Heat is recognized as one of the deadliest weather-related phenomena. Although the impact of high temperatures on mortality has been a subject of extensive research, few previous studies have assessed the impact of population adaptation to heat.
We examined adaptation patterns by analyzing daily temperature and mortality data spanning more than a century in New York City. Using a distributed-lag nonlinear model, we analyzed the heat-mortality relation in adults age 15 years or older in New York City during 2 periods: 1900–1948 and 1973–2006, to quantify population adaptation to high temperatures over time.
During the first half of the century, the decade-specific relative risk of mortality at 29°C vs. 22°C ranged from 1.30 (95% confidence interval [CI]= 1.25–1.36) in the 1910s to 1.43 (1.37–1.49) in the 1900s. Since the 1970s, however, there was a gradual and substantial decline in the relative risk, from 1.26 (1.22–1.29) in the 1970s to 1.09 (1.05–1.12) in the 2000s. Age-specific analyses indicated a greater risk for people age 65 years and older in the first part of the century, but there was less evidence for enhanced risk among this older age group in more recent decades.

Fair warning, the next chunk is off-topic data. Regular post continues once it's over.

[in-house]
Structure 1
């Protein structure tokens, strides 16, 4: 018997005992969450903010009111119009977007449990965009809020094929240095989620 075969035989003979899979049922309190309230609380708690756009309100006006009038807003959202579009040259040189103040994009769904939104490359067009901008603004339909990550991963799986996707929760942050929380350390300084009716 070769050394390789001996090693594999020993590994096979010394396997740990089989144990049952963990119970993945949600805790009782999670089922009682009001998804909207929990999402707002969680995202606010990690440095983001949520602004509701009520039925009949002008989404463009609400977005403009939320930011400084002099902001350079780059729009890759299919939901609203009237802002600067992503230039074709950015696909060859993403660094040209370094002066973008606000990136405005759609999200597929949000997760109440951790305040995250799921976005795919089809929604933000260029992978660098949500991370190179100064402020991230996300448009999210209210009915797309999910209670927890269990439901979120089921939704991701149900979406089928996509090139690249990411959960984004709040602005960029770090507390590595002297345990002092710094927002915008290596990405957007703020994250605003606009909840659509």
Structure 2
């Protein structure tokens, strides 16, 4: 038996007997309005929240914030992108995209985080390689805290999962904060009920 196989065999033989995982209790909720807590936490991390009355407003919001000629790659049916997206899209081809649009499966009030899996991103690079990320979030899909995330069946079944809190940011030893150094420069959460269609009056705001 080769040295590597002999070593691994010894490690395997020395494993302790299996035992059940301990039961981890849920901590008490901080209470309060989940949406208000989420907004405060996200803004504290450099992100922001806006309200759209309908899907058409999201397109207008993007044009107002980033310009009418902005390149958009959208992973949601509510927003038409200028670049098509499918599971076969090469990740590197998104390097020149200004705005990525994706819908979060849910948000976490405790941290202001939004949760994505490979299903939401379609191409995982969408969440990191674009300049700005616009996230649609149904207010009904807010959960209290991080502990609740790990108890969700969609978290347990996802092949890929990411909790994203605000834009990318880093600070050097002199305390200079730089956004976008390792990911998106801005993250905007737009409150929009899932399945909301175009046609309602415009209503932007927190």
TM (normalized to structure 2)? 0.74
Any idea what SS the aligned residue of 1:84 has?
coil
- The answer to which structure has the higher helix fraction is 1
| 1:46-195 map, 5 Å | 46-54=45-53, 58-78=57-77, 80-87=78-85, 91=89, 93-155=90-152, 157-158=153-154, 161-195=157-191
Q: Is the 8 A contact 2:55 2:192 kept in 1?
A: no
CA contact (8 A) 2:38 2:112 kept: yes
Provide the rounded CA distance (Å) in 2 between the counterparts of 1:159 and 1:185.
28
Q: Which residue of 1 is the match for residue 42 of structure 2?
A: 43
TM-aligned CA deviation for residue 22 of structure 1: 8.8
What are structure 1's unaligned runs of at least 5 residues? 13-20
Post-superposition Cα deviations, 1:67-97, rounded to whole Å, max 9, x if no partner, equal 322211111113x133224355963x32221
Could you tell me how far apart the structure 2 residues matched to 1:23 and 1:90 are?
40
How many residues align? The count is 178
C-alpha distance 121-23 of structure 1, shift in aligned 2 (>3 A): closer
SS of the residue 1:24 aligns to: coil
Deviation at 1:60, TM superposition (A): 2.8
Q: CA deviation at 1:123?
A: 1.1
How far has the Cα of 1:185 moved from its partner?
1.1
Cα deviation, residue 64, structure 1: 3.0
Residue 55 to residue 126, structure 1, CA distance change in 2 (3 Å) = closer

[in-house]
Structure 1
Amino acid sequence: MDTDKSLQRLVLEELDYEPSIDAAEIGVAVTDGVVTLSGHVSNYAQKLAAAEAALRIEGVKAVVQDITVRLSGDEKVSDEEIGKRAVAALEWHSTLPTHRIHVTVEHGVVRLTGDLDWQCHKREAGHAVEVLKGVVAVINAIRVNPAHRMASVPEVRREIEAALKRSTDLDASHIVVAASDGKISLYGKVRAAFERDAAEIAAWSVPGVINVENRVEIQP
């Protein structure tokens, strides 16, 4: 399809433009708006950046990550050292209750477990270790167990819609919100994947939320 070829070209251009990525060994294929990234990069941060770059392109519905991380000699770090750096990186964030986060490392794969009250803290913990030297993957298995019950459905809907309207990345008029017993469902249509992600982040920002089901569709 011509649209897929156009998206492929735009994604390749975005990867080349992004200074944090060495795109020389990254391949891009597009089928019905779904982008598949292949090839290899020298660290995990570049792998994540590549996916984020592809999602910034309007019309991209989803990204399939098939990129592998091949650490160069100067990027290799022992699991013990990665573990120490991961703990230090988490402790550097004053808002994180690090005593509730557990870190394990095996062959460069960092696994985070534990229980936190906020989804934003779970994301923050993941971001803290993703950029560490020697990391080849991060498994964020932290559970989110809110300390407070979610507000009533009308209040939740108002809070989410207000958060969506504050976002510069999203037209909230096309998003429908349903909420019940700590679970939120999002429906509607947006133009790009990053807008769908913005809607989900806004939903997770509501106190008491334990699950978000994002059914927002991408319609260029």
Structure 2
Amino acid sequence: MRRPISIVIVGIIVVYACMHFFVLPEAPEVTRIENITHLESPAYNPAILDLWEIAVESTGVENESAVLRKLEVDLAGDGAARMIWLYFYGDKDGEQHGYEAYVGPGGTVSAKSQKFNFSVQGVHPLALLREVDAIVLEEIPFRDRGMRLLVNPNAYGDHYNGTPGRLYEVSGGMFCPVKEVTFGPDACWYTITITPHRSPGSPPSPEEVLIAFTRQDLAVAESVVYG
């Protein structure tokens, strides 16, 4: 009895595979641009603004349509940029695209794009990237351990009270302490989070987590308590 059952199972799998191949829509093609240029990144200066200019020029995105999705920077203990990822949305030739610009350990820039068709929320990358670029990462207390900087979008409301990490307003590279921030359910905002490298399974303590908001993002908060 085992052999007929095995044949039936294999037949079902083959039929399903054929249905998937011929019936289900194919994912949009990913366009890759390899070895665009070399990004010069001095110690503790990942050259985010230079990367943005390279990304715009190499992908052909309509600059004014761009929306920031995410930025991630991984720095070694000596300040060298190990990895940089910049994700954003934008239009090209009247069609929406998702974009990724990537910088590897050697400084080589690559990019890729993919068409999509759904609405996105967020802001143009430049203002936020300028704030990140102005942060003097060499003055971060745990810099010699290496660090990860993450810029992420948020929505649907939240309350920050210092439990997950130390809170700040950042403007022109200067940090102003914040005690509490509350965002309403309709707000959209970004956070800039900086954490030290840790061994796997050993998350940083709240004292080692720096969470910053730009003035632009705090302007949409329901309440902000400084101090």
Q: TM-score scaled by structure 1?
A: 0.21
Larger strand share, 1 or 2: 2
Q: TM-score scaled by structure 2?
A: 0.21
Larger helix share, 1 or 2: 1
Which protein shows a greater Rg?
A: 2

The excess mortality with high temperatures observed between 1900 and 1948 was substantially reduced between 1973 and 2006, indicating population adaption to heat in recent decades. These findings may have implications for projecting future impacts of climate change on mortality.
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From the aDepartment of Environmental Health Sciences, Mailman School of Public Health, Columbia University, New York, NY; and bDepartment of Medical Statistics, London School of Hygiene and Tropical Medicine, London, United Kingdom.
Submitted 30 August 2013; accepted 28 January 2014; posted 6 May 2014.
This work was supported by the Consortium for Climate Risk in the Urban Northeast (CCRUN), NIEHS Center grant ES009089 (E.P.P. and P.L.K.) and a Methodology Research fellowship from Medical Research Council-UK (grant ID G1002296; A.G.).
Supplemental digital content is available through direct URL citations in the HTML and PDF versions of this article (www.epidem.com). This content is not peer-reviewed or copy-edited; it is the sole responsibility of the author.
Correspondence: Patrick L. Kinney, Department of Environmental Health Sciences, Mailman School of Public Health, Columbia University, 722 West 168th St., New York, NY 10032. E-mail: email@example.com.